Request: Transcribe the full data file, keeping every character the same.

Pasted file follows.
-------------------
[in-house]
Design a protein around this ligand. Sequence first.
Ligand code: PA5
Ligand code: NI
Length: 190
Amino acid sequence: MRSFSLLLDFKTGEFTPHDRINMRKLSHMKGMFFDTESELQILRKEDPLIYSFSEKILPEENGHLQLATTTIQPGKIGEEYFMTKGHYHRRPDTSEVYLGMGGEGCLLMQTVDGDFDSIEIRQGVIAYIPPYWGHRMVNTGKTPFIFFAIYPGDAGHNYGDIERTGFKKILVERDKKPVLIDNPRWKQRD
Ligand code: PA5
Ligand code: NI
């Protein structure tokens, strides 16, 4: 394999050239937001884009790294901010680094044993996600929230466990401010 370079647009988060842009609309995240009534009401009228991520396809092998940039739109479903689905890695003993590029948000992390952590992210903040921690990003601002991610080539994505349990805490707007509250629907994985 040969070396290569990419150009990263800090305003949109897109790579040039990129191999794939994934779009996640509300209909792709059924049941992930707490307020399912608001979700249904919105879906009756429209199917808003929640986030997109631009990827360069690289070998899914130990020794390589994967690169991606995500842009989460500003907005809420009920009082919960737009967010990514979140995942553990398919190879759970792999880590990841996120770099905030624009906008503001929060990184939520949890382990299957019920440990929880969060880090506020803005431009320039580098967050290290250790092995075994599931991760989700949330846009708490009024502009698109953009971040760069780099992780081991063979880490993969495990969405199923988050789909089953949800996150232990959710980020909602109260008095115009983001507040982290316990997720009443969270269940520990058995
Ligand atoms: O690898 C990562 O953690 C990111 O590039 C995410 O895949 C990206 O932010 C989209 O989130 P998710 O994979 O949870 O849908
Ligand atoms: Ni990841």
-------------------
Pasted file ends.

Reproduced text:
[in-house]
Design a protein around this ligand. Sequence first.
Ligand code: PA5
Ligand code: NI
Length: 190
Amino acid sequence: MRSFSLLLDFKTGEFTPHDRINMRKLSHMKGMFFDTESELQILRKEDPLIYSFSEKILPEENGHLQLATTTIQPGKIGEEYFMTKGHYHRRPDTSEVYLGMGGEGCLLMQTVDGDFDSIEIRQGVIAYIPPYWGHRMVNTGKTPFIFFAIYPGDAGHNYGDIERTGFKKILVERDKKPVLIDNPRWKQRD
Ligand code: PA5
Ligand code: NI
């Protein structure tokens, strides 16, 4: 394999050239937001884009790294901010680094044993996600929230466990401010 370079647009988060842009609309995240009534009401009228991520396809092998940039739109479903689905890695003993590029948000992390952590992210903040921690990003601002991610080539994505349990805490707007509250629907994985 040969070396290569990419150009990263800090305003949109897109790579040039990129191999794939994934779009996640509300209909792709059924049941992930707490307020399912608001979700249904919105879906009756429209199917808003929640986030997109631009990827360069690289070998899914130990020794390589994967690169991606995500842009989460500003907005809420009920009082919960737009967010990514979140995942553990398919190879759970792999880590990841996120770099905030624009906008503001929060990184939520949890382990299957019920440990929880969060880090506020803005431009320039580098967050290290250790092995075994599931991760989700949330846009708490009024502009698109953009971040760069780099992780081991063979880490993969495990969405199923988050789909089953949800996150232990959710980020909602109260008095115009983001507040982290316990997720009443969270269940520990058995
Ligand atoms: O690898 C990562 O953690 C990111 O590039 C995410 O895949 C990206 O932010 C989209 O989130 P998710 O994979 O949870 O849908
Ligand atoms: Ni990841």